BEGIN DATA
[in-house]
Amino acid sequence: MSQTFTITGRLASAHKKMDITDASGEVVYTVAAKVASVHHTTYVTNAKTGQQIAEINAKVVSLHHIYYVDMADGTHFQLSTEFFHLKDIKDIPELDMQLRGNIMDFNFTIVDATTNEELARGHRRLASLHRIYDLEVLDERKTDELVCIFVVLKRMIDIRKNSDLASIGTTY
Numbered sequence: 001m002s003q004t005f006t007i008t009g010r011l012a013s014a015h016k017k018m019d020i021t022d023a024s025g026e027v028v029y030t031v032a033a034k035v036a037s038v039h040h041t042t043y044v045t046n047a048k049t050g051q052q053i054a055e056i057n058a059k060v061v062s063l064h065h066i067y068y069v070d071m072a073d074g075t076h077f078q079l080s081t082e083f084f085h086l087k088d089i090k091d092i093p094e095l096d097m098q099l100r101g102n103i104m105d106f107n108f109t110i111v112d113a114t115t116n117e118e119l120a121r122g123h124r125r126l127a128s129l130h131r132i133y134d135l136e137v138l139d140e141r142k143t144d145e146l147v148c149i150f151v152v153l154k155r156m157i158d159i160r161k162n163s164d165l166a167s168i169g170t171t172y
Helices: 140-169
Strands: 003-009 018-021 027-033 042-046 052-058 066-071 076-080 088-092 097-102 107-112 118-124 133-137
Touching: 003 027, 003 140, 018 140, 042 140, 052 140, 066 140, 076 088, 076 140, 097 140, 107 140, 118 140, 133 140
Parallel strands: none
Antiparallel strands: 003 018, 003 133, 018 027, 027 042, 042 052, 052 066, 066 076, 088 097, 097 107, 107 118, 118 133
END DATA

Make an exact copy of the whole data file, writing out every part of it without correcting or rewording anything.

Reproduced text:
[in-house]
Amino acid sequence: MSQTFTITGRLASAHKKMDITDASGEVVYTVAAKVASVHHTTYVTNAKTGQQIAEINAKVVSLHHIYYVDMADGTHFQLSTEFFHLKDIKDIPELDMQLRGNIMDFNFTIVDATTNEELARGHRRLASLHRIYDLEVLDERKTDELVCIFVVLKRMIDIRKNSDLASIGTTY
Numbered sequence: 001m002s003q004t005f006t007i008t009g010r011l012a013s014a015h016k017k018m019d020i021t022d023a024s025g026e027v028v029y030t031v032a033a034k035v036a037s038v039h040h041t042t043y044v045t046n047a048k049t050g051q052q053i054a055e056i057n058a059k060v061v062s063l064h065h066i067y068y069v070d071m072a073d074g075t076h077f078q079l080s081t082e083f084f085h086l087k088d089i090k091d092i093p094e095l096d097m098q099l100r101g102n103i104m105d106f107n108f109t110i111v112d113a114t115t116n117e118e119l120a121r122g123h124r125r126l127a128s129l130h131r132i133y134d135l136e137v138l139d140e141r142k143t144d145e146l147v148c149i150f151v152v153l154k155r156m157i158d159i160r161k162n163s164d165l166a167s168i169g170t171t172y
Helices: 140-169
Strands: 003-009 018-021 027-033 042-046 052-058 066-071 076-080 088-092 097-102 107-112 118-124 133-137
Touching: 003 027, 003 140, 018 140, 042 140, 052 140, 066 140, 076 088, 076 140, 097 140, 107 140, 118 140, 133 140
Parallel strands: none
Antiparallel strands: 003 018, 003 133, 018 027, 027 042, 042 052, 052 066, 066 076, 088 097, 097 107, 107 118, 118 133